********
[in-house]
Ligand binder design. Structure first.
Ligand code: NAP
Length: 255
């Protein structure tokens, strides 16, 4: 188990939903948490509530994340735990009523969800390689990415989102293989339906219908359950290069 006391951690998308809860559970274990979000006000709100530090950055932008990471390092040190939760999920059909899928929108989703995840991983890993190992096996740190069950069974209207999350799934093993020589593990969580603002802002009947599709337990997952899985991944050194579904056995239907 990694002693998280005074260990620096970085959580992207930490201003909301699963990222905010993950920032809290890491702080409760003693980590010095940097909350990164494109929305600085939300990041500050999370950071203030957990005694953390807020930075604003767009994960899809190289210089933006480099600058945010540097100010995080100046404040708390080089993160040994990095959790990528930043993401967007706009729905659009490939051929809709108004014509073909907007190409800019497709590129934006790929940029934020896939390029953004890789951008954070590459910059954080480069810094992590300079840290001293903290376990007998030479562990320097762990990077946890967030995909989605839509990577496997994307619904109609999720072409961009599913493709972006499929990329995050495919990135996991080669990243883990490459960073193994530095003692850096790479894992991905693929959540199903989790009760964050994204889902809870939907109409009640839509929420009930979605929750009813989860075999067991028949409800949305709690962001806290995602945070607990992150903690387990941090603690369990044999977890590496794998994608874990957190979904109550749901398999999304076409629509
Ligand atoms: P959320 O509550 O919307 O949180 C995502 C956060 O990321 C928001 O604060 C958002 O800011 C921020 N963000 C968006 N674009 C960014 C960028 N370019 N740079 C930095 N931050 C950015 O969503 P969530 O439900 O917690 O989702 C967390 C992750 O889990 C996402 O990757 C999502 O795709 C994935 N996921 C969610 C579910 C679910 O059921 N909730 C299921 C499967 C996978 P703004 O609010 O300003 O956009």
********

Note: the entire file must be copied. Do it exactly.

[in-house]
Ligand binder design. Structure first.
Ligand code: NAP
Length: 255
């Protein structure tokens, strides 16, 4: 188990939903948490509530994340735990009523969800390689990415989102293989339906219908359950290069 006391951690998308809860559970274990979000006000709100530090950055932008990471390092040190939760999920059909899928929108989703995840991983890993190992096996740190069950069974209207999350799934093993020589593990969580603002802002009947599709337990997952899985991944050194579904056995239907 990694002693998280005074260990620096970085959580992207930490201003909301699963990222905010993950920032809290890491702080409760003693980590010095940097909350990164494109929305600085939300990041500050999370950071203030957990005694953390807020930075604003767009994960899809190289210089933006480099600058945010540097100010995080100046404040708390080089993160040994990095959790990528930043993401967007706009729905659009490939051929809709108004014509073909907007190409800019497709590129934006790929940029934020896939390029953004890789951008954070590459910059954080480069810094992590300079840290001293903290376990007998030479562990320097762990990077946890967030995909989605839509990577496997994307619904109609999720072409961009599913493709972006499929990329995050495919990135996991080669990243883990490459960073193994530095003692850096790479894992991905693929959540199903989790009760964050994204889902809870939907109409009640839509929420009930979605929750009813989860075999067991028949409800949305709690962001806290995602945070607990992150903690387990941090603690369990044999977890590496794998994608874990957190979904109550749901398999999304076409629509
Ligand atoms: P959320 O509550 O919307 O949180 C995502 C956060 O990321 C928001 O604060 C958002 O800011 C921020 N963000 C968006 N674009 C960014 C960028 N370019 N740079 C930095 N931050 C950015 O969503 P969530 O439900 O917690 O989702 C967390 C992750 O889990 C996402 O990757 C999502 O795709 C994935 N996921 C969610 C579910 C679910 O059921 N909730 C299921 C499967 C996978 P703004 O609010 O300003 O956009």